Mechanisms influencing oxygen delivery, however, do not fully account for inter-individual differences in performance at altitude [2], and it is increasingly recognised that acclimatisation involves not only changes in oxygen delivery, but also in metabolic alterations that modify oxygen utilisation at the cellular level [29]. Notably, despite a normalisation of arterial oxygen content to sea-level values following acclimatisation [30] performance in lowlanders remains impaired, while in Tibetans/Sherpas, selection has favoured a lower oxygen content [5]. Moreover, in fully acclimatised lowlanders, restoration of arterial oxygen pressures by breathing pure oxygen at altitude does not restore maximal oxygen consumption to sea-level values [31], suggesting a peripheral impairment beyond limitations in oxygen carriage. Similarly, a fall in the myocardial phosphocreatine (PCr) to ATP ratio (an index of cardiac energetic reserve) was seen to persist in acclimatised lowlanders following return to sea level [32], further supporting the concept of metabolic suppression. Of note, however, elevated haematocrit and blood viscosity, following altitude exposure, would increase cardiac work, and this enhanced demand will also likely affect upon cardiac energetics and possibly physical performance at altitude, particularly in the presence of hypoxic pulmonary vasoconstriction.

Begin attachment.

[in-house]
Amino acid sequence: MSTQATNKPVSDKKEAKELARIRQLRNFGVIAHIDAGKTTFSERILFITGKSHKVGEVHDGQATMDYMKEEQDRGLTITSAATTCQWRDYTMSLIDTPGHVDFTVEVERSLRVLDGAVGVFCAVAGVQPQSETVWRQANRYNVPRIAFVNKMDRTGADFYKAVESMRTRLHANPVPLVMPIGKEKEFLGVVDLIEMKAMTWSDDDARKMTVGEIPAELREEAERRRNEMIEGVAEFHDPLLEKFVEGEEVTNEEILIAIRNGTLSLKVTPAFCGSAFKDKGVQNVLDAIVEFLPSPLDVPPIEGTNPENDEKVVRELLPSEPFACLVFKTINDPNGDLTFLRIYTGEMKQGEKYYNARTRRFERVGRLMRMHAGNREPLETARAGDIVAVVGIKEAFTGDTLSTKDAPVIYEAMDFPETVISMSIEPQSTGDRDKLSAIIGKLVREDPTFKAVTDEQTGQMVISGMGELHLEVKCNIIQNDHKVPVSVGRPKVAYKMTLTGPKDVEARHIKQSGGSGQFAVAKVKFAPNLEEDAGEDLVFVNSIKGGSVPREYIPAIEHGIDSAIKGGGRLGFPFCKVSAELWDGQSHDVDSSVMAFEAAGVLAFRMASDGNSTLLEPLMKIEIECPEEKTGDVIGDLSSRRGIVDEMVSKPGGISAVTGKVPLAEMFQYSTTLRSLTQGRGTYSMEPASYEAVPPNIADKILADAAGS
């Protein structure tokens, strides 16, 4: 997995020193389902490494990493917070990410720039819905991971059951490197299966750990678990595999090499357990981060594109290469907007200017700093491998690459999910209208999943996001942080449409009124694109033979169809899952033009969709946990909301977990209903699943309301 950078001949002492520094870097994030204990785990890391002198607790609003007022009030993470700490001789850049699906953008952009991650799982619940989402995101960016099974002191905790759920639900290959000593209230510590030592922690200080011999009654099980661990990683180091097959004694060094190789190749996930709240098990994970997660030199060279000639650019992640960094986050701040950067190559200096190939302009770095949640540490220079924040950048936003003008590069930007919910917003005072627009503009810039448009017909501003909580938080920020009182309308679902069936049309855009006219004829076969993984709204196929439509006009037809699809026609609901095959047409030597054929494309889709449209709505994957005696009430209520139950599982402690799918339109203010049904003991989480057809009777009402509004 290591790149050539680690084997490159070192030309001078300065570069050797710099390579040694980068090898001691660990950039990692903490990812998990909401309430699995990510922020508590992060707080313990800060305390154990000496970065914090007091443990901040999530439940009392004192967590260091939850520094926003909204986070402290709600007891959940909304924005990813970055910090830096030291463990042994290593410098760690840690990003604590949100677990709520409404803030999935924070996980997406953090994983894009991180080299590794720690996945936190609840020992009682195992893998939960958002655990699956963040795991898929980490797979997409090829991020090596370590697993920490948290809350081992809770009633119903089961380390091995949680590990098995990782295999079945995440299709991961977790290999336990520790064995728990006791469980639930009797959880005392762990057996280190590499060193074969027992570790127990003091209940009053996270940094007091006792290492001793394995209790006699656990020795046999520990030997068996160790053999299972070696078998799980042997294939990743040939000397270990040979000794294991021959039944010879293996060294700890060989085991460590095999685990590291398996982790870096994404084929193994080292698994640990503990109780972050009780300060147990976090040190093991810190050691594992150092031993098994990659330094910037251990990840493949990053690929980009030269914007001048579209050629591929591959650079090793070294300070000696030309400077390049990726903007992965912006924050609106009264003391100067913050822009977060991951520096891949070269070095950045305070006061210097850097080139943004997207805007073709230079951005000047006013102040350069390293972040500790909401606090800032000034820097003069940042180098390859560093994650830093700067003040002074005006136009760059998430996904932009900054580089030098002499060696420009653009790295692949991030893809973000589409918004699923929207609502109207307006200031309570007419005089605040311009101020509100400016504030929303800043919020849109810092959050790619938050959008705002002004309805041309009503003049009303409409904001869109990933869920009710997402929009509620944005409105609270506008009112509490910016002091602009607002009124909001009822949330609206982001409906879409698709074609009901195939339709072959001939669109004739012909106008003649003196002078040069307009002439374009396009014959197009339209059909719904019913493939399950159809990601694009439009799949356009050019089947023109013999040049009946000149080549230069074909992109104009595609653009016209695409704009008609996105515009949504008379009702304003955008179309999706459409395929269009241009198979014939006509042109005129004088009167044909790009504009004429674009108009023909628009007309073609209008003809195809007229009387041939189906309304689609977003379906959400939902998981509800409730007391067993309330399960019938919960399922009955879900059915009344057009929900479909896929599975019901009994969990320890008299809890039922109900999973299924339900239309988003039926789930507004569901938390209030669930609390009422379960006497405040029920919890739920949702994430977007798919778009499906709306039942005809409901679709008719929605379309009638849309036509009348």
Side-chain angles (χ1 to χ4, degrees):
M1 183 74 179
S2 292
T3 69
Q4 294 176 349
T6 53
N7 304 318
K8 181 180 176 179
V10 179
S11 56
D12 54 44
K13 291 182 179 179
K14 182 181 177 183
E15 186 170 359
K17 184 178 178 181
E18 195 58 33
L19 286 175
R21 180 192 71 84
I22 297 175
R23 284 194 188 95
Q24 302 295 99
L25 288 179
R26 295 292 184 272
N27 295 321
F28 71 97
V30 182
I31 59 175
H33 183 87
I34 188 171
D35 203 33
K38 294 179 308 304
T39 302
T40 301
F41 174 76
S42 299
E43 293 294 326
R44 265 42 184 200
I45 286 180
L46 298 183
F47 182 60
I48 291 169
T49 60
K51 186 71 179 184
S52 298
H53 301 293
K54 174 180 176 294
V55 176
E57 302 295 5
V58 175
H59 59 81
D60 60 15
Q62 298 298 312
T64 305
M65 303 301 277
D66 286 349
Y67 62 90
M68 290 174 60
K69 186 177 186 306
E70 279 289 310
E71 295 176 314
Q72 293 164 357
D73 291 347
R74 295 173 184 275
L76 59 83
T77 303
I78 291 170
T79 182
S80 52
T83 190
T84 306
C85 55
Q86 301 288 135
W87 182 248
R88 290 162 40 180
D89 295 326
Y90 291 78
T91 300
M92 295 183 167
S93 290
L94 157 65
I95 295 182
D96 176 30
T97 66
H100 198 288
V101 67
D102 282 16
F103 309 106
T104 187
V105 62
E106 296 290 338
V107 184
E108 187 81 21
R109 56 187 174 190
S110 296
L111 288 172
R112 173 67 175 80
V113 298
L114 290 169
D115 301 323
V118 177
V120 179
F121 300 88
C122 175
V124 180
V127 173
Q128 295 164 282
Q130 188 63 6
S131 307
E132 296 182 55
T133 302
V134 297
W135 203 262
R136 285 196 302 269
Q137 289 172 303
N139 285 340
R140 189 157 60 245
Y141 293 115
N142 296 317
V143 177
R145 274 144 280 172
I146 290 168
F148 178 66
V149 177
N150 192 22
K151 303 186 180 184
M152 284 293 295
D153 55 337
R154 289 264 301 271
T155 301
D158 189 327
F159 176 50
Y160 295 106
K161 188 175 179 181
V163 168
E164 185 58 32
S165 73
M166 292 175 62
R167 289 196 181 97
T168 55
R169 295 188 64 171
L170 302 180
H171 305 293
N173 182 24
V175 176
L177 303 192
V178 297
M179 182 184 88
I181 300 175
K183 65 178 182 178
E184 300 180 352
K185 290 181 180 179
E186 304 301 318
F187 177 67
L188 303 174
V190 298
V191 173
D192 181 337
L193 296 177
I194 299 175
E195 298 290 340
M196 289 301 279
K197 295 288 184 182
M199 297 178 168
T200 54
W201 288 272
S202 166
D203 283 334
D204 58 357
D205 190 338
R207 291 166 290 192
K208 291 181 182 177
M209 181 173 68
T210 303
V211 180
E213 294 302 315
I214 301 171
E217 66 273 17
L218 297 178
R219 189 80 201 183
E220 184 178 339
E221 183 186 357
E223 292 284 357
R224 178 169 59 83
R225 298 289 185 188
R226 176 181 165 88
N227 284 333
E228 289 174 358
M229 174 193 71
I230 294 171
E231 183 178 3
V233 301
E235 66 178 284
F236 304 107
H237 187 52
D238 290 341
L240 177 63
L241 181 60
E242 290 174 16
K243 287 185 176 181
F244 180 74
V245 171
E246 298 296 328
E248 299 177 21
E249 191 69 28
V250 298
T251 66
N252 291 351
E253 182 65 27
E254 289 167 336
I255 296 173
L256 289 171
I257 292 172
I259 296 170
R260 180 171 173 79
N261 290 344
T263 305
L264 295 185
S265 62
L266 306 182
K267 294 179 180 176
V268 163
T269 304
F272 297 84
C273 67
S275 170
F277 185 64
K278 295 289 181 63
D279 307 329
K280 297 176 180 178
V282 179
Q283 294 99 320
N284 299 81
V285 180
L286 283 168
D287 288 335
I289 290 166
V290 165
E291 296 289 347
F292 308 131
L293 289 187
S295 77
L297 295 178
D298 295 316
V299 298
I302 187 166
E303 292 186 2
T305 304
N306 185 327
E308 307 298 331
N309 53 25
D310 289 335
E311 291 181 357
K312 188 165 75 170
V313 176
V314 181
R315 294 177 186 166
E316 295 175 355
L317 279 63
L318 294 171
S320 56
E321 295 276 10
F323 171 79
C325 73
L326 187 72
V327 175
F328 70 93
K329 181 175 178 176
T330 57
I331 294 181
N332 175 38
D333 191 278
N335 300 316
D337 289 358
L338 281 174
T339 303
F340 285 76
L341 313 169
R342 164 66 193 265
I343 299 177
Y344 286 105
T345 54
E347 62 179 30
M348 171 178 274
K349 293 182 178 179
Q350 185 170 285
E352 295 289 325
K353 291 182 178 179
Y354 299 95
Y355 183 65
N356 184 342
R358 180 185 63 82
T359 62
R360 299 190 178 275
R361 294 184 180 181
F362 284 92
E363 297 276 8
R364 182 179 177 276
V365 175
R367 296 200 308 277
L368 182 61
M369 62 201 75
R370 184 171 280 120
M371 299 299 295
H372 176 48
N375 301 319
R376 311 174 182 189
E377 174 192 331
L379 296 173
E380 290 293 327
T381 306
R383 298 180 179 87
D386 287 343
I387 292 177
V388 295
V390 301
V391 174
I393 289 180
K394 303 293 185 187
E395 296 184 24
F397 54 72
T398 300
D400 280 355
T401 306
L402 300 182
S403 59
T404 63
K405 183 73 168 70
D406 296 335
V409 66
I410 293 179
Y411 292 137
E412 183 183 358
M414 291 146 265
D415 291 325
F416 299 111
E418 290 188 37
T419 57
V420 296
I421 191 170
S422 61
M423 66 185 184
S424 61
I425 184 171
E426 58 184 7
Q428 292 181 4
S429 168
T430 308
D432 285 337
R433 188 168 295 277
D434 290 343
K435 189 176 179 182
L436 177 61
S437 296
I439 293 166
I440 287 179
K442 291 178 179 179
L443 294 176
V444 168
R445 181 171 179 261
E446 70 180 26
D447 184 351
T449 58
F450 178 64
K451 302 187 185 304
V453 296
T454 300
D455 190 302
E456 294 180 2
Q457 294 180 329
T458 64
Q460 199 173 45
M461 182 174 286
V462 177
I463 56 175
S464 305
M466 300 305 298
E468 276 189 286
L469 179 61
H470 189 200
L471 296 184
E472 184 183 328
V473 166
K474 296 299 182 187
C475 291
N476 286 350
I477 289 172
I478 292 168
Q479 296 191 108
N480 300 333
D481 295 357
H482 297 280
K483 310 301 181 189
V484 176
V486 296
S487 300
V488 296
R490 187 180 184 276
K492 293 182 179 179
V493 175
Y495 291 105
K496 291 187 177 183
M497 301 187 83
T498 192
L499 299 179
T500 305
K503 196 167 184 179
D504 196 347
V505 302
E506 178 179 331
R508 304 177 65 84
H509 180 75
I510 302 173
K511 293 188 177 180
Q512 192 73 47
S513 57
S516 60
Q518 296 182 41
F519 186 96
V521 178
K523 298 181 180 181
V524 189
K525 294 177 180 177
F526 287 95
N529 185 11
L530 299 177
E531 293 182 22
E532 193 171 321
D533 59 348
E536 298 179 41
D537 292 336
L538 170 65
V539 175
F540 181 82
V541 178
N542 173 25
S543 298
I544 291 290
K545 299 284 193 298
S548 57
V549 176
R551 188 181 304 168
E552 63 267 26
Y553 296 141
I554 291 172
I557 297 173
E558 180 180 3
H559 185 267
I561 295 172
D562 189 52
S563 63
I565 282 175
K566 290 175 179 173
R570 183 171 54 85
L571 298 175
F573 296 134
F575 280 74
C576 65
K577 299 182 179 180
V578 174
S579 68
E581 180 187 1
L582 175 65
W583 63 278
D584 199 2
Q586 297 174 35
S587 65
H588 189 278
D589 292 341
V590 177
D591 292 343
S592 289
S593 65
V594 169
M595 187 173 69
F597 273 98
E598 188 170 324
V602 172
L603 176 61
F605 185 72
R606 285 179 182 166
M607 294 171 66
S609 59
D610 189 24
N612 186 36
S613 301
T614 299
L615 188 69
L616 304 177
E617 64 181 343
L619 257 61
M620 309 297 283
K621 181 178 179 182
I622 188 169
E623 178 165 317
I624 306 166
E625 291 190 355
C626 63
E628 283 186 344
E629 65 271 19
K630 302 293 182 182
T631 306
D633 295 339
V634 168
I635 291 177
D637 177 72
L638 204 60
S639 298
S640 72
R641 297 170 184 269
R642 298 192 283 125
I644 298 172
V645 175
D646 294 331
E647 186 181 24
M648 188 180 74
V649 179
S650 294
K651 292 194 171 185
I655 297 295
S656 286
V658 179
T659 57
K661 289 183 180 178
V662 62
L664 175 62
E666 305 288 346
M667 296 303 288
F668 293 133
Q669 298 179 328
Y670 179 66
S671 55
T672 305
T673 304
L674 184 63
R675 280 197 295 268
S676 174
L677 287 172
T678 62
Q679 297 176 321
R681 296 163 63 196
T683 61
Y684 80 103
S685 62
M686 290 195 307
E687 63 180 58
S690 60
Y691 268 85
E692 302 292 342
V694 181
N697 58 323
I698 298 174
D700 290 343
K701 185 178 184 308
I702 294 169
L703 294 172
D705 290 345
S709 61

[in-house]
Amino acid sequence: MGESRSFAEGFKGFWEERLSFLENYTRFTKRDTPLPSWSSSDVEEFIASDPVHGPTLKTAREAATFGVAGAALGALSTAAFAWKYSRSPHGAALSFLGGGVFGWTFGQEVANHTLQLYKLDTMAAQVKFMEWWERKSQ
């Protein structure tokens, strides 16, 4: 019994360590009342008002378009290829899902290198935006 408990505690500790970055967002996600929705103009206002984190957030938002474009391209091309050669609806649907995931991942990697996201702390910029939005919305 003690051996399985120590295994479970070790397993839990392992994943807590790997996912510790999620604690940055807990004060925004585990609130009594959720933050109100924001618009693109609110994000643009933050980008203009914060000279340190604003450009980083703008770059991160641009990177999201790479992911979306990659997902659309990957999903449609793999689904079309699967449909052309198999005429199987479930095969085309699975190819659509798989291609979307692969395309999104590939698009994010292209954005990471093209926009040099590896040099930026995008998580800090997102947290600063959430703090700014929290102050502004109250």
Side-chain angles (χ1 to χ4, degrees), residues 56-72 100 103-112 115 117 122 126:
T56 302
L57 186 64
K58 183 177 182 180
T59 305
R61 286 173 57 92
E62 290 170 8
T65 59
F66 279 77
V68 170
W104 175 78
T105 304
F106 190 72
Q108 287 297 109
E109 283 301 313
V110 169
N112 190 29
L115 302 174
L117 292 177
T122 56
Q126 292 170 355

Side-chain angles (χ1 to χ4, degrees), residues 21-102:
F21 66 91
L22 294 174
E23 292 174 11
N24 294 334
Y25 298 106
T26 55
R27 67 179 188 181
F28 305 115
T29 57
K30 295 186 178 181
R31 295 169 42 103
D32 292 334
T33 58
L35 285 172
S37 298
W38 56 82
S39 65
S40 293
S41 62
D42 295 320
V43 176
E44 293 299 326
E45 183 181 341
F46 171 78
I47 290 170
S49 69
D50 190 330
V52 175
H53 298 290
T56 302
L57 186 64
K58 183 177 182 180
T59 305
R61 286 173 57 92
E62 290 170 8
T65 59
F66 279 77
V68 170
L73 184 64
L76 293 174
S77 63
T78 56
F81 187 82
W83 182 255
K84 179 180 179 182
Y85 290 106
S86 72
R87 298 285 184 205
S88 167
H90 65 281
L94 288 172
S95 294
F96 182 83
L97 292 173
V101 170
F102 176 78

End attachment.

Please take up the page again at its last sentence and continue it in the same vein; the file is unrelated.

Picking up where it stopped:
Mechanistically, a reduction in skeletal muscle mitochondrial content has been observed in lowlanders following prolonged exposure to extremely high altitude during an ascent of Everest (8848 m) [33,34]. Similarly, lower muscle mitochondrial contents have been reported in Sherpas [35], lowland-dwelling Tibetans [36] and Andeans [37] compared with lowlander populations, while mitochondrial DNA (mtDNA) content was lower in Tibetans [38], indicating that attenuation of cellular oxygen demand is indeed likely to be a beneficial adaptation at altitude. However, no loss of mitochondrial content was seen in lowlander subjects during a simulated ascent to 8840 m in a decompression chamber [39], nor following ascent to the more moderate altitude of Everest Base Camp (5300 m) [34]. Nevertheless, in the skeletal muscle of lowlanders exposed to altitudes between 3000 and 5300 m, there are signals of metabolic modulation consistent with a suppression of oxygen demand, even in the apparent absence of changes in mitochondrial density, including down-regulation of mitochondrial electron transfer system complexes and tricarboxylic acid (TCA) cycle enzymes [29,40]. Correspondingly, mitochondrial respiratory capacity was suppressed (and coupling efficiency increased) in the muscle of subjects exposed to 3454 m for 28 days [41]. Such changes are, however, likely to be dependent on the duration of exposure as well as altitude, since a similar study by the same group found no change in mitochondrial respiratory function following a shorter exposure of 9–11 days, despite these subjects reaching a higher altitude (4559 m) [42].